The conventional view of politics is to see it as a play between the left and right, with better outcomes for business coming from the ascendancy of the right. Yet from an operational perspective it is not that clear where the advantage always lies. In reality, the most significant dimension is not the left-right axis, but between democracy and totalitarianism (total dominance by the state). Both right and left extremes are inevitably totalitarian, that is why Hitler’s party was called “national socialism” even though it was as right wing as it would be possible to get.

In fact, business thrives most within liberal regimes and these are usually highly democratic. In the USA Republican policies are generally classified as “right wing”, but actually seek to minimise state interference, although state controls tend to be tight whoever is in power. It is just the edges of state control that move – and not its core.

In Europe there is currently a move towards totalitarianism, especially one dimension of it – greater intolerance of views that are opposed to the state. This has long been the situation in Russia, but now it is reappearing in Austria, Hungary and Poland. The clamp down in Poland is well illustrated by the decision of the media regulator to fine a U.S.-owned news broadcaster $415,000 recently over its coverage of opposition protests in parliament last year. Now the Polish government is legislating to take direct control over the judiciary and ignoring environmental protests over widescale deforestation. Poland could even eventually lose its EU voting rights if its judicial reforms go ahead.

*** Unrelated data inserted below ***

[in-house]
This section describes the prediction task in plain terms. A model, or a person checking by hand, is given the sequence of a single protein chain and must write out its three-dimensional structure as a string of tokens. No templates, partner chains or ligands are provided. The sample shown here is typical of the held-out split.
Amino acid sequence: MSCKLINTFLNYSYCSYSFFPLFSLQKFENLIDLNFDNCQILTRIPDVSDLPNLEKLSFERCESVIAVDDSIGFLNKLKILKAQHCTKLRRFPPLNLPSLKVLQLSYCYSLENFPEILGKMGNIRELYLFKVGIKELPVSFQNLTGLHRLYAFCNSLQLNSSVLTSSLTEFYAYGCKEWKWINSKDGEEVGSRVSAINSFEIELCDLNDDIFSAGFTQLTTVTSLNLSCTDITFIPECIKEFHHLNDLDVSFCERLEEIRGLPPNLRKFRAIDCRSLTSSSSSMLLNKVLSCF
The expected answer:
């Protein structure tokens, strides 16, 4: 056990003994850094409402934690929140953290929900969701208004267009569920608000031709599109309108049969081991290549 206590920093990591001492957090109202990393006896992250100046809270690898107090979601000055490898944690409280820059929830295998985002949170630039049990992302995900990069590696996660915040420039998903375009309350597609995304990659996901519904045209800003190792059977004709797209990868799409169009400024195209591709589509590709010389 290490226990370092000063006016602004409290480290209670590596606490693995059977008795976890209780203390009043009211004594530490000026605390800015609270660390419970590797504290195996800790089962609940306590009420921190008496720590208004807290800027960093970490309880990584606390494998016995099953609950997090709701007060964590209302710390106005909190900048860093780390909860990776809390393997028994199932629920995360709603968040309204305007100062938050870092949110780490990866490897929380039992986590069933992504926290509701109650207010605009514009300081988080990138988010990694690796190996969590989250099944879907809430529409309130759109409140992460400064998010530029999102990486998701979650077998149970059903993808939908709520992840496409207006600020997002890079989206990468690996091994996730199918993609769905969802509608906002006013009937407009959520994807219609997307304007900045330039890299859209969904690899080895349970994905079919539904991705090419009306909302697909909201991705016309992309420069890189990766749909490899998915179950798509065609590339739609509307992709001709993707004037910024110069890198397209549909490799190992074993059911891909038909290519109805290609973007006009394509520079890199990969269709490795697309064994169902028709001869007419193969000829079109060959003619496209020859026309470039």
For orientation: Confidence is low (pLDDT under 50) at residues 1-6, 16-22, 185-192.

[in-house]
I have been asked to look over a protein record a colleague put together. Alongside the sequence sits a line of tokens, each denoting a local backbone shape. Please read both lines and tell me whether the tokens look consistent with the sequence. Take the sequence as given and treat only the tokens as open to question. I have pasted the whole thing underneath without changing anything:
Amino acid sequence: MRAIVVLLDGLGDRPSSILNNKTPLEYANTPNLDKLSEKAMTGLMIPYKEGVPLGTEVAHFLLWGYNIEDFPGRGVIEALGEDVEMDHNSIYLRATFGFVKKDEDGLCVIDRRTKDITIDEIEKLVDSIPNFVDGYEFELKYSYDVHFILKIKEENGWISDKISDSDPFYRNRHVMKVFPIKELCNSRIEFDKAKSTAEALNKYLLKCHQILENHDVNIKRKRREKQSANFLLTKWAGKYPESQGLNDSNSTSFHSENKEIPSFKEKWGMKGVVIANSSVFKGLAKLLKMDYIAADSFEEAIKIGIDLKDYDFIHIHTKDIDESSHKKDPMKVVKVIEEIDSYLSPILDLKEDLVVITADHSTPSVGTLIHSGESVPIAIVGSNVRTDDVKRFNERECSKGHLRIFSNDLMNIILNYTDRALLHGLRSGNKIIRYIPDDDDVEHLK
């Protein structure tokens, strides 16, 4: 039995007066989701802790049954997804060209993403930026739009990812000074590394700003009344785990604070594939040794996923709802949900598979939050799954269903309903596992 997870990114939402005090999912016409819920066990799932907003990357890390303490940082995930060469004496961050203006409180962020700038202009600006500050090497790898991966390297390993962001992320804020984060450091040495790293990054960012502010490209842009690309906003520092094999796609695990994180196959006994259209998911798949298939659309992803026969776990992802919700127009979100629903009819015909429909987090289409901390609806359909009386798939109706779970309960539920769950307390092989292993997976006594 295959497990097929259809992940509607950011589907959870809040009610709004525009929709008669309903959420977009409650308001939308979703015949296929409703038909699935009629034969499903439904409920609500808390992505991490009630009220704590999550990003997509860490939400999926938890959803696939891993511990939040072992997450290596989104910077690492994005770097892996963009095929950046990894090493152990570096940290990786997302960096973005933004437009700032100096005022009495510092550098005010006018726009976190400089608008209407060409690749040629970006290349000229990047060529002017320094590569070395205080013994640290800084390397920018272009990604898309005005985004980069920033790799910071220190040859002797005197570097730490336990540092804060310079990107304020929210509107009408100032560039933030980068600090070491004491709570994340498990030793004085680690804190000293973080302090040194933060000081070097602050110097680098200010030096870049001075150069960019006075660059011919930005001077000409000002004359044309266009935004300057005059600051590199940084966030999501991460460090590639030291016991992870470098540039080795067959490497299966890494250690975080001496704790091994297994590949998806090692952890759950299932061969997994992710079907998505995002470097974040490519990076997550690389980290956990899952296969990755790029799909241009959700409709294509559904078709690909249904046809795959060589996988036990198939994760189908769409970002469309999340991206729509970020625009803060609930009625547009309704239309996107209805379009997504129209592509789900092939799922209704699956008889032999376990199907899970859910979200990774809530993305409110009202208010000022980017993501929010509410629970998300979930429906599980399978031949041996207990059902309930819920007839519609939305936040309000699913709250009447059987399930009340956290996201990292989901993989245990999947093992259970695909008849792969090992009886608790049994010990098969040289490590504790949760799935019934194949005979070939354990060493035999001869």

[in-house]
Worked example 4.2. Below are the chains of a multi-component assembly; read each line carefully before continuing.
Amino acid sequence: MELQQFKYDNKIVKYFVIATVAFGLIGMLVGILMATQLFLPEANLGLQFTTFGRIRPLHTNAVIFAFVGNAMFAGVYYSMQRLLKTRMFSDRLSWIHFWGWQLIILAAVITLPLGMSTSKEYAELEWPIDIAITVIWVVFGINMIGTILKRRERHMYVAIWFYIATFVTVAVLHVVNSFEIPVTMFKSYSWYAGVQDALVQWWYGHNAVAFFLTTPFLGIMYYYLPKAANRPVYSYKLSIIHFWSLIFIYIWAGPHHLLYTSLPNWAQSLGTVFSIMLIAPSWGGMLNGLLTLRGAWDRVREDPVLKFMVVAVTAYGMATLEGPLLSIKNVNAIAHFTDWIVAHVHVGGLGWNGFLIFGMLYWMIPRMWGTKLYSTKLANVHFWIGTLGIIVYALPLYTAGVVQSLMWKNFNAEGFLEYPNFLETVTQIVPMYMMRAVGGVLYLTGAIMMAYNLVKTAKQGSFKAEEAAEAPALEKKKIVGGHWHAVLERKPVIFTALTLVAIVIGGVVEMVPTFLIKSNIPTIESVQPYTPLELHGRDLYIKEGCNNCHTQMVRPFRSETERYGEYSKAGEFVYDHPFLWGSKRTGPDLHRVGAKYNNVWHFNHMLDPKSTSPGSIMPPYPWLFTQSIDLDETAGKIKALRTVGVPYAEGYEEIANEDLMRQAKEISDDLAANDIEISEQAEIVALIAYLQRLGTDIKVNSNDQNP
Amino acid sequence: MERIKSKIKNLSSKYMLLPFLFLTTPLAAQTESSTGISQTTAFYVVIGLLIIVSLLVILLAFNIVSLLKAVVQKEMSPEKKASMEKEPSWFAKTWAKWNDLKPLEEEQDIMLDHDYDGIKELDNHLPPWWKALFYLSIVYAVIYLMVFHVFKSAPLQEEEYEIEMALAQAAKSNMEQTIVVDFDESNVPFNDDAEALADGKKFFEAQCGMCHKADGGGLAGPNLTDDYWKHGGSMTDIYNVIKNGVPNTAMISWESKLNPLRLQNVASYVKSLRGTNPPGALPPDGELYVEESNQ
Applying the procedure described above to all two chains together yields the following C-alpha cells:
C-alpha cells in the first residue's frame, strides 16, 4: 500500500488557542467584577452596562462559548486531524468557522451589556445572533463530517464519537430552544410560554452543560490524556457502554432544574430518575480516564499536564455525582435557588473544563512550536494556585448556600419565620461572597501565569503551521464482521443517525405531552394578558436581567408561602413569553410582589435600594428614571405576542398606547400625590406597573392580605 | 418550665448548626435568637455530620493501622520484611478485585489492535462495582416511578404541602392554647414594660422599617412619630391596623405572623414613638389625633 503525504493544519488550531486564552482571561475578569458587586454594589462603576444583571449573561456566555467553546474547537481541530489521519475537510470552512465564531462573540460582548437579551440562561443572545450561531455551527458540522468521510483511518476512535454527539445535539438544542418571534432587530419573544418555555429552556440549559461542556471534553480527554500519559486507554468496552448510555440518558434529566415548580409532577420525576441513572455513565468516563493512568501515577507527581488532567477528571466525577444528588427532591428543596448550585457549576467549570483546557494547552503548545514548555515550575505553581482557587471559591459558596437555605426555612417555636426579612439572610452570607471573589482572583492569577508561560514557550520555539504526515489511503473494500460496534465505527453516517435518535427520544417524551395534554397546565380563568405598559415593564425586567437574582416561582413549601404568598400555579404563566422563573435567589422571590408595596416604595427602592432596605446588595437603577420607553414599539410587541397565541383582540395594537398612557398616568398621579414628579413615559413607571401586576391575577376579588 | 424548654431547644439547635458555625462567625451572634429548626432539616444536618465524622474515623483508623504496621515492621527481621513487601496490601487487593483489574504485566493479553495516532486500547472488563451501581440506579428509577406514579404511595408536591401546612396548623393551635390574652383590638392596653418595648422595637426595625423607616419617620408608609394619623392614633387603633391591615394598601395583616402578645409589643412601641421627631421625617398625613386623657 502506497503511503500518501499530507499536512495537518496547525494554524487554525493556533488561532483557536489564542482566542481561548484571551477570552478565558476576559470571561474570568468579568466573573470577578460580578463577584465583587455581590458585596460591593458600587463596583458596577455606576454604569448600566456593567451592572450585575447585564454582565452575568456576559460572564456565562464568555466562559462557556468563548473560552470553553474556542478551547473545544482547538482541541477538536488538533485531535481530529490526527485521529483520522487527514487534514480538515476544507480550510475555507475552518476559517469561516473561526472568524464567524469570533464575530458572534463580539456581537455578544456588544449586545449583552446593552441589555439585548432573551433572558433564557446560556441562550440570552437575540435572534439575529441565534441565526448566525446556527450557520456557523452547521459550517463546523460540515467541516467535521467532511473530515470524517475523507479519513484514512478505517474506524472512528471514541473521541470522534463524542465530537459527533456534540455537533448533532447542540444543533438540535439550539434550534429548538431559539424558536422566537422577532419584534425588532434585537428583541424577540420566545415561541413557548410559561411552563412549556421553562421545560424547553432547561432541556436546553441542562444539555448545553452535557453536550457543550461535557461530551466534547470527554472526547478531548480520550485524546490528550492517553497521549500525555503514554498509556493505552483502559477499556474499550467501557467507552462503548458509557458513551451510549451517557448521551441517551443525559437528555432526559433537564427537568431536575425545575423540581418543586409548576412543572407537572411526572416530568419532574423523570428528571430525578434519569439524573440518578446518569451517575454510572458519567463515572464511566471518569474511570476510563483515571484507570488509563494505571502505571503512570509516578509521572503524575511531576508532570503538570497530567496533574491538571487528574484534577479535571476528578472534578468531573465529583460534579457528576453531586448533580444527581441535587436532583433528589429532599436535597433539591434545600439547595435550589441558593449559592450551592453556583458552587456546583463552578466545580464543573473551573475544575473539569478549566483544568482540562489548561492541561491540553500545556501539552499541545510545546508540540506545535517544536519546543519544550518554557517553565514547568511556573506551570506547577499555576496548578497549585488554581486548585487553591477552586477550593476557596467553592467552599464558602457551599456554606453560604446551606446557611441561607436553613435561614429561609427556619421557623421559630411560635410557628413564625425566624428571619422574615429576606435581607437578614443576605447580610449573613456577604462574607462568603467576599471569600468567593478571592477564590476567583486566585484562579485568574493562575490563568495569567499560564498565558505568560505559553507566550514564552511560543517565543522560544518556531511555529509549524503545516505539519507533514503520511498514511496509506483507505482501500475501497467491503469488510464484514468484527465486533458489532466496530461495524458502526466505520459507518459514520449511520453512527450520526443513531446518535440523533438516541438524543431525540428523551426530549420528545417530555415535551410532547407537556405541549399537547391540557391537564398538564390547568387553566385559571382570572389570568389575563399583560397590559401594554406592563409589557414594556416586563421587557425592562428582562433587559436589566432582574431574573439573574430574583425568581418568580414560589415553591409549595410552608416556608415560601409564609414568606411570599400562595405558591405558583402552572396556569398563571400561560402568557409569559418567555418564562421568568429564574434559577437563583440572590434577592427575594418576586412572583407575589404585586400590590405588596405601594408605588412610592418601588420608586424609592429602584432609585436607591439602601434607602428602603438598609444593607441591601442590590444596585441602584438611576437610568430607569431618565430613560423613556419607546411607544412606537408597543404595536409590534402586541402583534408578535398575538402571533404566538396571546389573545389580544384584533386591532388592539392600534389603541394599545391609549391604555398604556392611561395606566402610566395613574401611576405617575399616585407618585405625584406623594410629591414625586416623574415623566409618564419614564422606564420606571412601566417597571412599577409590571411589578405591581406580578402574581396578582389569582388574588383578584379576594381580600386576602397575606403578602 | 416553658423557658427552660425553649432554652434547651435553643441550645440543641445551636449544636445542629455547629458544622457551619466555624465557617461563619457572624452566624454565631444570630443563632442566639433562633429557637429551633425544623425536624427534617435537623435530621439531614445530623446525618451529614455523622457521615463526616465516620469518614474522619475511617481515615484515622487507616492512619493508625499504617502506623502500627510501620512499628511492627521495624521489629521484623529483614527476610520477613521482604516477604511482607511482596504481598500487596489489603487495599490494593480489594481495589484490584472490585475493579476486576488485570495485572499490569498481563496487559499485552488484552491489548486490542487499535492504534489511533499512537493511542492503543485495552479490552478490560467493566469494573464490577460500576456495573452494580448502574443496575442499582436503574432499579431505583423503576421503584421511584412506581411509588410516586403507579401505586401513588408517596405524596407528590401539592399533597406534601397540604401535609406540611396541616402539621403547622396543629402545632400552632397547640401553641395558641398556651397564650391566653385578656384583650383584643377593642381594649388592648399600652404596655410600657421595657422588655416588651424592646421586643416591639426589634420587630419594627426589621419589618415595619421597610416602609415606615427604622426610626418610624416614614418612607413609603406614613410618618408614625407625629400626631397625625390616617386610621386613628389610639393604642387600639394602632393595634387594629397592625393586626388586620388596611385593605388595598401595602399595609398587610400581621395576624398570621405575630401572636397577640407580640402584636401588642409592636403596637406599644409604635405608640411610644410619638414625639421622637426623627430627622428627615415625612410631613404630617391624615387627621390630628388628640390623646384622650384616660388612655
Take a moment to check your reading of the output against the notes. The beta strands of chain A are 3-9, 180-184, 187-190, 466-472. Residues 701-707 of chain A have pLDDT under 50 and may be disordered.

One reason to care about the emergence of greater authoritarianism is that it undermines the principles enshrined in international law and, in the case of Poland, the EU Treaty. The EU, for instance, is significantly weakened by Brexit, but the collapse of democracy in central and eastern Europe will weaken it more. Multinational enterprises rely on stability and certain fundamental freedoms. Not so much humanitarian principles, but freedom of establishment and freedom to move capital and people across national borders. They also thrive on rising living standards and independent judiciary to deal fairly when things go wrong.

Another reason why HR should keep one eye fixed on political developments is because employees engage in political activities, the power of trades unions ebb and flow in relation to political events and the policies of political parties generate new laws and tax amendments. Although personal political affiliations are best kept close to the chest, political developments do clearly have either a positive or negative impact upon the business and can seriously alter employment costs, as well as inform future investments.

Argentina: Unpopular austerity measures

President Mauricio Macri has pushed through pension reforms amidst violent public protests. Amongst the controversial changes is the raising of the retirement age from 65 to 70 for men and from 60 to 63 for women. Plus new ways to calculate entitlements that would reduce fund costs.

Canada: family-friendly reforms

Changes have just been made to the federal maternity insurance system to allow for women who have premature births. The benefit is, however, still capped at 15 weeks. Parental benefits may now be taken at 33% of average normal pay over 61 weeks – as well as at a rate of 55% normal average pay for 35 weeks. Employees may also receive up to 15 weeks caregiving benefit in any 52-week period to tend to an adult family member with a terminal medical condition.

Japan/EU: Biggest trading bloc

The European Union and Japan have concluded a new economic union. This will establish the largest free trade area in the world. The main beneficiaries from the agreement are likely to be Japanese carmakers and European food and beverage producers. The deal will be signed next Summer and come into effect during 2019.